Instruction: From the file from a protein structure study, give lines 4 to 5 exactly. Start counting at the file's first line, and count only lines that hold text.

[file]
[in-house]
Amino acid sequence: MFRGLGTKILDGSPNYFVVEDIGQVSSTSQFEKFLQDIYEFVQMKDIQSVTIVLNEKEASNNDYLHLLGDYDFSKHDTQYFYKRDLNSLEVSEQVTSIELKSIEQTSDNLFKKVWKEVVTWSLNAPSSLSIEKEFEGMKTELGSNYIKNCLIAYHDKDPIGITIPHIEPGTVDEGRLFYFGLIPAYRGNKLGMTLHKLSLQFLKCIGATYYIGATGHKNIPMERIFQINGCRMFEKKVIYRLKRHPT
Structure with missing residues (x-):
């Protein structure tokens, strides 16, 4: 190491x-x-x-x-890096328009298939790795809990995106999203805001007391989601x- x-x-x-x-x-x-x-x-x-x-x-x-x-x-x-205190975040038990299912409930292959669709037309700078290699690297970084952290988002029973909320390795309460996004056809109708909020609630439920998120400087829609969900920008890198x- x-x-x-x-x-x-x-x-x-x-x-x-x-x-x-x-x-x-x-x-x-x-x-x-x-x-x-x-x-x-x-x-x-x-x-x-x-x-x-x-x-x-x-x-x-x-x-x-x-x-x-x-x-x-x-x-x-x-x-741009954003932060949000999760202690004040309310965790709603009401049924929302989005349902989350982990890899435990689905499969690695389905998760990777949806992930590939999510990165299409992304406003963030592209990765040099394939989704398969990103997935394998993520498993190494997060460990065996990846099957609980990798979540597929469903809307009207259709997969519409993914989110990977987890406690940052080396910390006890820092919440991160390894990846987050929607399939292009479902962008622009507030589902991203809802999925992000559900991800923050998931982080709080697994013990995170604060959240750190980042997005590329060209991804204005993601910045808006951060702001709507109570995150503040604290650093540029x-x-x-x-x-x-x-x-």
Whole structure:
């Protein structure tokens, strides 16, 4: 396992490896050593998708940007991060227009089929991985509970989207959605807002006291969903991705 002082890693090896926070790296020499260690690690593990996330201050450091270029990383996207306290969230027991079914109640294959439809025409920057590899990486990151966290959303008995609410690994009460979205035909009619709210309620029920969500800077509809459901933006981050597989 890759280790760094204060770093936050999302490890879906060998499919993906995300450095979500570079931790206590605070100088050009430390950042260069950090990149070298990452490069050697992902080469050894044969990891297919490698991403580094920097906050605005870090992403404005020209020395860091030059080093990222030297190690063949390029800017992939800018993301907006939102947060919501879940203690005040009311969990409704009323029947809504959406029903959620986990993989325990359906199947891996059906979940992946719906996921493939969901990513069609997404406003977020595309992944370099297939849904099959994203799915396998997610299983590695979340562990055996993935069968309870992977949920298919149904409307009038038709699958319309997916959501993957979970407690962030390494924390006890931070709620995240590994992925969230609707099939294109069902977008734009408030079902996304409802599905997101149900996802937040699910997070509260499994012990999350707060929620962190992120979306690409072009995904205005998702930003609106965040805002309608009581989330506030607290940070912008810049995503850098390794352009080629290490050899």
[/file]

């Protein structure tokens, strides 16, 4: 190491x-x-x-x-890096328009298939790795809990995106999203805001007391989601x- x-x-x-x-x-x-x-x-x-x-x-x-x-x-x-205190975040038990299912409930292959669709037309700078290699690297970084952290988002029973909320390795309460996004056809109708909020609630439920998120400087829609969900920008890198x- x-x-x-x-x-x-x-x-x-x-x-x-x-x-x-x-x-x-x-x-x-x-x-x-x-x-x-x-x-x-x-x-x-x-x-x-x-x-x-x-x-x-x-x-x-x-x-x-x-x-x-x-x-x-x-x-x-x-x-741009954003932060949000999760202690004040309310965790709603009401049924929302989005349902989350982990890899435990689905499969690695389905998760990777949806992930590939999510990165299409992304406003963030592209990765040099394939989704398969990103997935394998993520498993190494997060460990065996990846099957609980990798979540597929469903809307009207259709997969519409993914989110990977987890406690940052080396910390006890820092919440991160390894990846987050929607399939292009479902962008622009507030589902991203809802999925992000559900991800923050998931982080709080697994013990995170604060959240750190980042997005590329060209991804204005993601910045808006951060702001709507109570995150503040604290650093540029x-x-x-x-x-x-x-x-």
Whole structure: